In 1991, the new Mercedes S-Class debuted as an engineer’s luxury sedan with dozens of innovations, including the first automotive CANbus on a production car. What started in luxury is today indispensable.

Cars with internal combustion engines are essentially mechanical devices that, in theory, need little to no electronics to operate. Gasoline engines require spark plugs for ignition, which can be operated with various ignition systems, including the extremely simple and highly reliable electromechanical magneto system. This simple 19th-century electrics technology is still used in piston aircraft engines for its extreme reliability. Diesel engines require no spark for ignition and can be operated entirely mechanically, as some marine diesel engines still are. If electrics are so fundamentally insignificant for automotive engine operation, what’s all the fuss around electronics in modern cars?

Simplicity may have its advantages, but adding complexity through electronics can offer finer levels of control and efficiency for engine operation. By the 1980s, advancements in microprocessors and microelectronics allowed activities like fuel delivery to be controlled by engine control units (ECUs) through electronic fuel injection. Direct ignition systems, like the one introduced by Saab in 1985, completely dispense with electromechanical components like distributors and connect the spark plugs directly to the ECU, allowing a computer to precisely control ignition timing and adapt to different fuel grades and temperatures using inputs from other sensors.

Prius car engine

Modern vehicles must accommodate cabling for a host of automotive technologies, including engine function, automated safety systems, cabin comforts, lighting, and for this Prius, energy monitoring and charging systems.

How Much Wiring is too Much Wiring? 

Complexity allowing for precise, automatic control is great but, at some point, electronic complexity becomes a problem in the limited space available in a car. By the early 1980s, wiring architectures for the most electronically complex vehicles (often European luxury vehicles) were reaching a limit of viability. In the wiring architecture of the time, every component that needed information from a sensor or had to communicate with another component had to be wired directly to that sensor or component. For example, with an electronic dashboard, an electronically controlled automatic transmission, and an automatic braking system (ABS), there would be individual wires running from each of the components to sensors like the vehicle speed sensor. This is analogous to having a discrete, dedicated road from your house to every place you want to drive. As automotive electronics increased, wiring volume, weight, and complexity across all the car’s systems became substantial.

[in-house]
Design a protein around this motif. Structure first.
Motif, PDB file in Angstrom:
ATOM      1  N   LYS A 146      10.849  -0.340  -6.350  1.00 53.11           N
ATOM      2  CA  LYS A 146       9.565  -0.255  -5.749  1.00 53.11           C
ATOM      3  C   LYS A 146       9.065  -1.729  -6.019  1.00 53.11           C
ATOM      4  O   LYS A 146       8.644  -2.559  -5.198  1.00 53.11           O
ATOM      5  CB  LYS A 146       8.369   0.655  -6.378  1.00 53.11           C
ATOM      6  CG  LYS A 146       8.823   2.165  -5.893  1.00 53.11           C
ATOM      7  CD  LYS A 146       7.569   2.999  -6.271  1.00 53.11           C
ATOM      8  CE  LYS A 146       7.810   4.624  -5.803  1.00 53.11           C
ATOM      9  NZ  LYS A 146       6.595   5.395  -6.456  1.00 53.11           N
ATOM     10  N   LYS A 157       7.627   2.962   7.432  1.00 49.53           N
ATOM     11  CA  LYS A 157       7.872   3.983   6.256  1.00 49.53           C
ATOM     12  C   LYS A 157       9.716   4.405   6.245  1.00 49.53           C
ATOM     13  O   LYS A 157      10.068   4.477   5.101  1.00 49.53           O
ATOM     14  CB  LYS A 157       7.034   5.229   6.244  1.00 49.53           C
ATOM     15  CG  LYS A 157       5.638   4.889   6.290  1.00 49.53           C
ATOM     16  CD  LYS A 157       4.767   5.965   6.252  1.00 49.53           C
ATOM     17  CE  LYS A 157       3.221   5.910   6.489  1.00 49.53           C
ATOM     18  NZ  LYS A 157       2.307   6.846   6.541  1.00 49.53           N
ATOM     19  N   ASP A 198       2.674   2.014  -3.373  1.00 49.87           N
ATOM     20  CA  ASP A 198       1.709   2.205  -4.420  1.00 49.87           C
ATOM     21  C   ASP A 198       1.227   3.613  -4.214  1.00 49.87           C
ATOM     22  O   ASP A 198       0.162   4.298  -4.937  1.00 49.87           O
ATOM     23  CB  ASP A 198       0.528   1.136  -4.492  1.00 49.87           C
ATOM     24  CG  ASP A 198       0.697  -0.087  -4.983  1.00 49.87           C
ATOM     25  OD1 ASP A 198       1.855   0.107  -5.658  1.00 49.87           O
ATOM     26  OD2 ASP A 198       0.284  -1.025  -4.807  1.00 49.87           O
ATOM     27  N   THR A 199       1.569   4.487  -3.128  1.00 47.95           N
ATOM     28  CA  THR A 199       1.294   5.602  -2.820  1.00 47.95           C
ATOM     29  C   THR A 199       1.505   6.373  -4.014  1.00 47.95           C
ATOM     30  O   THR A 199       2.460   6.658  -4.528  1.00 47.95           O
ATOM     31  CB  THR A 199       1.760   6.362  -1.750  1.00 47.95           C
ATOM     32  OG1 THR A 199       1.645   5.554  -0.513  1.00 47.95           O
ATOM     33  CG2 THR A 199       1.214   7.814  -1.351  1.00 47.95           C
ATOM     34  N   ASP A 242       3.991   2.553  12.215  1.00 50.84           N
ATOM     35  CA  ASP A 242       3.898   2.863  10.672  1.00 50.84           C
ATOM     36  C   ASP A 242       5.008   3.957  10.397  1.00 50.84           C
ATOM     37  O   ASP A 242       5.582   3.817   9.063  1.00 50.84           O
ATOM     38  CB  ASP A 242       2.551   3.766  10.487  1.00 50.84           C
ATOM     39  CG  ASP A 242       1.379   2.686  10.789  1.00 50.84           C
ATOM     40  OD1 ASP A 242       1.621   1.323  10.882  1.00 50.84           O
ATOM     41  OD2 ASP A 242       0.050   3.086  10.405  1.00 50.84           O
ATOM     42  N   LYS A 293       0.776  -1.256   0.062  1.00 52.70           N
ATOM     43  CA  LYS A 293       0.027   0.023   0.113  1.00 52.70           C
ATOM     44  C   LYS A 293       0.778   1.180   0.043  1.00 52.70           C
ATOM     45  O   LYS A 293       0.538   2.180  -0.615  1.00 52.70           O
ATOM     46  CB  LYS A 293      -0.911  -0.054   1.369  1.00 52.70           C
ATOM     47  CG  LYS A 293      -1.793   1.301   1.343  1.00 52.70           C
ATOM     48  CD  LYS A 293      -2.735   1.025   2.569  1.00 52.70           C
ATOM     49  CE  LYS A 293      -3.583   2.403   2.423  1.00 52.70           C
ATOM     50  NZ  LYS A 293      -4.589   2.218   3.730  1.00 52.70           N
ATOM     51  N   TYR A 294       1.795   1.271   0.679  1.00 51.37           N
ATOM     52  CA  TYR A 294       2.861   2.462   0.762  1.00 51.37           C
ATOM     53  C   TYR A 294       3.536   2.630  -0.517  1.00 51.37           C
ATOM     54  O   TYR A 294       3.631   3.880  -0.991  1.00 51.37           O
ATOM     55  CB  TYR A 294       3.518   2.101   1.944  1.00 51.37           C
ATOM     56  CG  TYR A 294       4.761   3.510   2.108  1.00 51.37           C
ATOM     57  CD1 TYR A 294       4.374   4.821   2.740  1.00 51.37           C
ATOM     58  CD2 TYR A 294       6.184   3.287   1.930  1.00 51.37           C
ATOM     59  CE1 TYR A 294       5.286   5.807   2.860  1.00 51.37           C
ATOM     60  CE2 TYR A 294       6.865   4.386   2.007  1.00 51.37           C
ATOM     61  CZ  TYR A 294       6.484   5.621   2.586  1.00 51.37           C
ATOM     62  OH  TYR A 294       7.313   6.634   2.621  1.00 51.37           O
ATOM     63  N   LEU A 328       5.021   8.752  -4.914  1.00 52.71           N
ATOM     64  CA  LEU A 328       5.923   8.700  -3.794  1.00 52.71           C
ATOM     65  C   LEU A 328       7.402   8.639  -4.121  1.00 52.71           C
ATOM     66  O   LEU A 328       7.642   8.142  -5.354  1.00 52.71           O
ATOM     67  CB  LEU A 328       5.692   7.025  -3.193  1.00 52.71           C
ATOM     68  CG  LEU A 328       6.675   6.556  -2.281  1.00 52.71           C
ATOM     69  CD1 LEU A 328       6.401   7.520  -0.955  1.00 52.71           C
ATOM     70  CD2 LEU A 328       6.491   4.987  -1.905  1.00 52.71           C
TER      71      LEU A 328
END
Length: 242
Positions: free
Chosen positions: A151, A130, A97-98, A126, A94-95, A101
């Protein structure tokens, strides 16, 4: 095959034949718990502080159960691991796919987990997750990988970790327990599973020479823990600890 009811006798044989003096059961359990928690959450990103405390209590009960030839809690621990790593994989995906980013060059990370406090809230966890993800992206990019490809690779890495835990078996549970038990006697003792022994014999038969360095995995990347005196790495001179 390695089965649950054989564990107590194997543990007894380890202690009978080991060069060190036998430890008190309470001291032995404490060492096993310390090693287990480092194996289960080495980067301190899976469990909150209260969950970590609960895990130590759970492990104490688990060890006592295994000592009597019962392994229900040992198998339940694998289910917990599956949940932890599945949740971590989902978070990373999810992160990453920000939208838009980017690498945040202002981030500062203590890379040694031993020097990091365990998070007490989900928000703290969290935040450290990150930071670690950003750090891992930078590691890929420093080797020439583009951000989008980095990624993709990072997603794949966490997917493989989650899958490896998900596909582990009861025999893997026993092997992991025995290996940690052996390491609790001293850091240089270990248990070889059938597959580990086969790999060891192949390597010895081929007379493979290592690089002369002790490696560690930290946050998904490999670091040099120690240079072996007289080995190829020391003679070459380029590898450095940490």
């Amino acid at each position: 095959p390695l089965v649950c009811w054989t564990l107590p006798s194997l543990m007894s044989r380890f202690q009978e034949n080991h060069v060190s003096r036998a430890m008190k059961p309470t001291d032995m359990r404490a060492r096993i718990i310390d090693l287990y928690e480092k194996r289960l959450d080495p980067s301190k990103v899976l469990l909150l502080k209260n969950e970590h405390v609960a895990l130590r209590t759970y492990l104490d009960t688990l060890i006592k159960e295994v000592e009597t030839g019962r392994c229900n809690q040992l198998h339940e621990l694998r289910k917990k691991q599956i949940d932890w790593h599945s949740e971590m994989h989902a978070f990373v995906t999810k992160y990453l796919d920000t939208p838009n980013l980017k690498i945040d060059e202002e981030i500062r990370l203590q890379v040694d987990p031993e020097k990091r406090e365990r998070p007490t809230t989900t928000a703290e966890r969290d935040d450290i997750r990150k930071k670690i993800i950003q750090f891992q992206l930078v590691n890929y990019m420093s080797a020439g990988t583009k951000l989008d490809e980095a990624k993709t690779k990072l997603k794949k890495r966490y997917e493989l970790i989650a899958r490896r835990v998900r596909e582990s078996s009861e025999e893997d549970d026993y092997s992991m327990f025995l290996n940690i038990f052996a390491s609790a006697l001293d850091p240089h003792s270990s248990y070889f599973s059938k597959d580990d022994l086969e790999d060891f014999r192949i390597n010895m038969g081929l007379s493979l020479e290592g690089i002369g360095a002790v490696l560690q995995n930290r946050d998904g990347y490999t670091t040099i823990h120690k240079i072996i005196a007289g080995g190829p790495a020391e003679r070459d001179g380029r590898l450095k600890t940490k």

Developing CANbus 

In 1983, the German engineering and technology firm Robert Bosch GmbH began working on a solution to the limitations of automotive wiring architectures, both in terms of space taken up by wiring harnesses and functionality. The solution had to be compact, cost-effective, and robust enough to operate in an electromagnetically noisy environment.

Their solution was the controller area network (CAN), a serial bus network that allowed for communication between any network nodes — analogous to a single road passing your house and connecting all the places you want to drive to. The system’s protocols allowed for the highest-priority information to be delivered first and had fail-safes that allowed faulty nodes to be disconnected without impeding the network. It’s also robust by design. CANbus wiring uses a pair of wires known as CAN high and CAN low. They are twisted tightly together to ensure that electromagnetic interference affects the signal in both wires uniformly, limiting errors.

CANBus diagram

This diagram illustrates how automotive CANbus networks facilitate greater equipment communication while reducing wiring. (Diagram by Florent.david.lille1, published per CC BY-SA 3.0 via Wikimedia Commons.)